Enticing Brits Back To The Cinema With Classics Like ‘Trainspotting’

Trainspotting

Film4 is partnering with film distributor Park Circus on a campaign to entice Brits back to the cinema. Under the deal, the duo will offer UK cinemas a season of six classic features from the Film4 library, including Danny Boyle’s Trainspotting and Jonathan Glazer’s Sexy Beast.

The films will initially screen in Picturehouse, Everyman, Odeon, Vue, and Showcase theaters across the country from the start of July, with other venues joining the initiative in the coming weeks. It follows cinemas reopening in the UK on May 17 after the most recent coronavirus lockdown.

The four other films in the Film4 season are Mark Herman’s Brassed Off, Stephen Frears’ rom-com My Beautiful Launderette, Bill Forsyth’s Local Hero, and Bhaji on the Beach, from director Gurinder Chadha.

Film4’s parent Channel 4 will support the season with an advertising campaign across its TV channels, as well as online. The ads will be created by in-house creative agency 4Creative.

Film4 director Daniel Battsek said: “Film4 have a long history of producing films for theatrical exhibition. We felt we should do something to help the sector’s recovery from the pandemic and remind audiences that cinemas remain the best places to experience movies.”

Park Circus CEO Mark Hirzberger-Taylor added: “We’re incredibly proud of our long-standing partnership with Film4, and are delighted to be collaborating with them on this special programme this summer, comprising six of their very best classic films, back on the big screen for audiences to enjoy.”

It is not the first time iconic titles have been brought back to the big screen in the UK to tempt audiences. Disney re-released the likes of Star Wars: The Empire Strikes Back when restrictions lifted on theaters last year.

Source: Film4 Teams With Park Circus To Entice Brits Back To The Cinema With Classics Like ‘Trainspotting’

Happy Birthday to the late, great Pete Postlethwaite

One of the finest actors of his generation, Pete Postlethwaite,  (7 February 1946 – 2 January 2011) appeared in several favorite films of The Hobbledehoy, including Brassed Off (1996), and Terence Davies’ brilliant Distant Voices, Still Lives (1988).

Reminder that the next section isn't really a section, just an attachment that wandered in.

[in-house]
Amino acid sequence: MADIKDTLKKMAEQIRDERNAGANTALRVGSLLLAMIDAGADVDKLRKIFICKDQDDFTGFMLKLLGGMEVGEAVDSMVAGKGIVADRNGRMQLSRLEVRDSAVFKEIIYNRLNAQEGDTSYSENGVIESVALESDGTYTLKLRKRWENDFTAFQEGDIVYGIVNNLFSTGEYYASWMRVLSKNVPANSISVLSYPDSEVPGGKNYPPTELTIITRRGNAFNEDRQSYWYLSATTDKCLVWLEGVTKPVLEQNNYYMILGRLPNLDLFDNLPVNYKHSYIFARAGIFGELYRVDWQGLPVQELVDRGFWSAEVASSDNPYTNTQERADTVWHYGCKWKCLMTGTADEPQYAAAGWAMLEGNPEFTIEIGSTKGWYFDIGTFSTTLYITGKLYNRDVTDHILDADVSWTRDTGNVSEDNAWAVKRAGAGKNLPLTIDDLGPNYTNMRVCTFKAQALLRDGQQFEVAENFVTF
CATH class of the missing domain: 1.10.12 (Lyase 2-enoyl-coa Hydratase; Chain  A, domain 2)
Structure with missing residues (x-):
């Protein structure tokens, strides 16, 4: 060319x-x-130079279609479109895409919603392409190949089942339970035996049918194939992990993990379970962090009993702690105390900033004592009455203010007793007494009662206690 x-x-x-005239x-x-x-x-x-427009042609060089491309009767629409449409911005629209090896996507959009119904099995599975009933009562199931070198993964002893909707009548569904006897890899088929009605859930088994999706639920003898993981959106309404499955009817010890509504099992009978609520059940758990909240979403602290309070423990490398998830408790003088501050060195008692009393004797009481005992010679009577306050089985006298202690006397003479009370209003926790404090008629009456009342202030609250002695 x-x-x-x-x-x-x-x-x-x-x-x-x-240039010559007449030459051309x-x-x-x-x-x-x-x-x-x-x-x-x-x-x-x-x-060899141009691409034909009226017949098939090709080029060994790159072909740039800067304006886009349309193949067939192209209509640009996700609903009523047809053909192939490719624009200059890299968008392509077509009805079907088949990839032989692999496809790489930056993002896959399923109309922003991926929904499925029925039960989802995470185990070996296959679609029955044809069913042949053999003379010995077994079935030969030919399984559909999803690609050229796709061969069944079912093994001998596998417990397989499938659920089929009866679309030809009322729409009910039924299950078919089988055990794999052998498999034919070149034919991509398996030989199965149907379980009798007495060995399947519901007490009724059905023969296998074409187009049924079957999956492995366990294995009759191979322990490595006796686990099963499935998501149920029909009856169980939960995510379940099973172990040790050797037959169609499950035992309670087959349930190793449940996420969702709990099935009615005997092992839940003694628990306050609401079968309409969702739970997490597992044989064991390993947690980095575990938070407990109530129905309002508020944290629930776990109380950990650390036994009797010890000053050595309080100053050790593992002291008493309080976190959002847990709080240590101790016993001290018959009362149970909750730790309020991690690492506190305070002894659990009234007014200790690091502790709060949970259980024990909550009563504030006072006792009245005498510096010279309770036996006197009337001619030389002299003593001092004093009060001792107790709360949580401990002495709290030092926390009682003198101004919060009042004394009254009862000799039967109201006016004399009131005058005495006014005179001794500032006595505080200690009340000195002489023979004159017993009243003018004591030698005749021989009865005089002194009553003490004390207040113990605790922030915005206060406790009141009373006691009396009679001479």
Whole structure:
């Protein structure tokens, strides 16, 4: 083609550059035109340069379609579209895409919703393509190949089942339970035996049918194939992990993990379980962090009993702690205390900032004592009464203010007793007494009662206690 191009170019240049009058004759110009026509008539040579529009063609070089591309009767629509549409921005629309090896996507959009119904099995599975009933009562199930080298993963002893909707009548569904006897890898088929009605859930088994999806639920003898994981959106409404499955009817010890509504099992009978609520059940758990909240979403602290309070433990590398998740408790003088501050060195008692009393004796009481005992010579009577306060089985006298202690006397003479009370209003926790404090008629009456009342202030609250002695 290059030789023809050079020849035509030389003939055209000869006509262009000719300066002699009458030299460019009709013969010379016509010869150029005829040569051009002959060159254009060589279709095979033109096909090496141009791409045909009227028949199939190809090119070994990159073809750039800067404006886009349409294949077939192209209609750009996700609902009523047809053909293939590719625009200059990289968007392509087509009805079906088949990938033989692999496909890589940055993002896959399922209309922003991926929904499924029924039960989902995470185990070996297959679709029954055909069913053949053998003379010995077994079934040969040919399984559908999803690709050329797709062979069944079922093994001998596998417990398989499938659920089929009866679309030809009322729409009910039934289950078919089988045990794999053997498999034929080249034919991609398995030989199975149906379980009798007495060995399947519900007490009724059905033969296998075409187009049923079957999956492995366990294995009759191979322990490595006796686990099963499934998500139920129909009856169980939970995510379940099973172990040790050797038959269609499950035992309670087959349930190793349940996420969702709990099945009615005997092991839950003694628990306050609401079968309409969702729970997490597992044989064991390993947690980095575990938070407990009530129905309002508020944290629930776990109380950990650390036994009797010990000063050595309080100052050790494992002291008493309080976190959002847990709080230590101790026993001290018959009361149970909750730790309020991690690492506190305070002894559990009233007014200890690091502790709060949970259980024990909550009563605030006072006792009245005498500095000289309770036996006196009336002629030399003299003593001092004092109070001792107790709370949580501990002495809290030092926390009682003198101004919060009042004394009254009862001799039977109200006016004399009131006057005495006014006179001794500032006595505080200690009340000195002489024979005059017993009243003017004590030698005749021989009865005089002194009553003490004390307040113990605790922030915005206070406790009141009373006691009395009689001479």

His international reputation peaked when he was nominated for the Academy Award for Best Supporting Actor for his moving portrayal Giuseppe Conlon In the Name of the Father (1993).

Happy birthday up in heaven, Pete.

Rodrigo’s “Concierto d’Aranjuez” from the film “Brassed Off”

One of THE HOBBLEDEOY’S all-time favorite films is writer/director Mark Herman’s Brassed Off (1996). This scene features the legendary Pete Postlethwaite, Tara Fitzgerald, Stephen Tompkinson, and Ewan McGregor, but the true star here is the Grimethorpe Colliery Band, who perform the music.

The Concierto de Aranjuez is by the Spanish composer Joaquín Rodrigo. Written in 1939, it is by far Rodrigo’s best-known work, and its success established his reputation as one of the most significant Spanish composers of the 20th century.

Usually performed as a guitar concerto, the flugelhorn arrangement of the Adagio was by Kevin Bolton.

If you have not seen this film, you must. Not currently available on Netflix or Amazon, it’s worth a trip to borrow from the local library.

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How we made Brassed Off 

‘I spent months learning the flugelhorn – and I didn’t even have to play it’

Pete Postlethwaite, who was playing my father, took me down to Grimethorpe a week before filming to talk to locals and let them know this was their story. The miners were reticent at first. Not long before, a TV crew had stitched up the town, getting kids to throw stones at derelict buildings and making it seem as if it was a regular occurrence, as if Grimethorpe had become a wild west town. [ . . . ]

More at source: How we made Brassed Off | Film | The Guardian